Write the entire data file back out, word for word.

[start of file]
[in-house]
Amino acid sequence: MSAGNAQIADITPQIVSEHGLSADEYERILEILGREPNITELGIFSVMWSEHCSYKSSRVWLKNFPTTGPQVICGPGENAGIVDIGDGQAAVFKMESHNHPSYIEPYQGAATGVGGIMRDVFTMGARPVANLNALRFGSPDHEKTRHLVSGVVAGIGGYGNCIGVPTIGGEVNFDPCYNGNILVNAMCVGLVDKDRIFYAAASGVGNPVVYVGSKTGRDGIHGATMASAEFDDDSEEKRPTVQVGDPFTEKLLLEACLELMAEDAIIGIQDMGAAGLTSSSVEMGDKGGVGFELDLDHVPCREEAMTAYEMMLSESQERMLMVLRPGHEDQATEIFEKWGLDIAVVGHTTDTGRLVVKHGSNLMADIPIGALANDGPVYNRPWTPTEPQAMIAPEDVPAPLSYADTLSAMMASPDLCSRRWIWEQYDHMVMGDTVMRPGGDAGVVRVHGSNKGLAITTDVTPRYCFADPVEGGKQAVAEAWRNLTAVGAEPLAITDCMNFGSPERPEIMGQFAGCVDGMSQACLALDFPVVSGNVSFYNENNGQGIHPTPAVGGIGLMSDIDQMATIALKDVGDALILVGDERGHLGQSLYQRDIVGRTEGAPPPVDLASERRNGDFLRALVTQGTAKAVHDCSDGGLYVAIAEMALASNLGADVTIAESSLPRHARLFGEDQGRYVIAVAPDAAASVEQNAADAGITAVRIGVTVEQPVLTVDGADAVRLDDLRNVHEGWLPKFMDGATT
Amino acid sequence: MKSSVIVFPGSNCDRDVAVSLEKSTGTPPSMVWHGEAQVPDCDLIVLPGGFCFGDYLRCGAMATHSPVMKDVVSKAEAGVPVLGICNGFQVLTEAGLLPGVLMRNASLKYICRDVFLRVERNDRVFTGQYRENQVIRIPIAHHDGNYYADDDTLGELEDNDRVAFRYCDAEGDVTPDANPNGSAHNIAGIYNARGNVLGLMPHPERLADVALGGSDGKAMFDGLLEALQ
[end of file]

[in-house]
Amino acid sequence: MSAGNAQIADITPQIVSEHGLSADEYERILEILGREPNITELGIFSVMWSEHCSYKSSRVWLKNFPTTGPQVICGPGENAGIVDIGDGQAAVFKMESHNHPSYIEPYQGAATGVGGIMRDVFTMGARPVANLNALRFGSPDHEKTRHLVSGVVAGIGGYGNCIGVPTIGGEVNFDPCYNGNILVNAMCVGLVDKDRIFYAAASGVGNPVVYVGSKTGRDGIHGATMASAEFDDDSEEKRPTVQVGDPFTEKLLLEACLELMAEDAIIGIQDMGAAGLTSSSVEMGDKGGVGFELDLDHVPCREEAMTAYEMMLSESQERMLMVLRPGHEDQATEIFEKWGLDIAVVGHTTDTGRLVVKHGSNLMADIPIGALANDGPVYNRPWTPTEPQAMIAPEDVPAPLSYADTLSAMMASPDLCSRRWIWEQYDHMVMGDTVMRPGGDAGVVRVHGSNKGLAITTDVTPRYCFADPVEGGKQAVAEAWRNLTAVGAEPLAITDCMNFGSPERPEIMGQFAGCVDGMSQACLALDFPVVSGNVSFYNENNGQGIHPTPAVGGIGLMSDIDQMATIALKDVGDALILVGDERGHLGQSLYQRDIVGRTEGAPPPVDLASERRNGDFLRALVTQGTAKAVHDCSDGGLYVAIAEMALASNLGADVTIAESSLPRHARLFGEDQGRYVIAVAPDAAASVEQNAADAGITAVRIGVTVEQPVLTVDGADAVRLDDLRNVHEGWLPKFMDGATT
Amino acid sequence: MKSSVIVFPGSNCDRDVAVSLEKSTGTPPSMVWHGEAQVPDCDLIVLPGGFCFGDYLRCGAMATHSPVMKDVVSKAEAGVPVLGICNGFQVLTEAGLLPGVLMRNASLKYICRDVFLRVERNDRVFTGQYRENQVIRIPIAHHDGNYYADDDTLGELEDNDRVAFRYCDAEGDVTPDANPNGSAHNIAGIYNARGNVLGLMPHPERLADVALGGSDGKAMFDGLLEALQ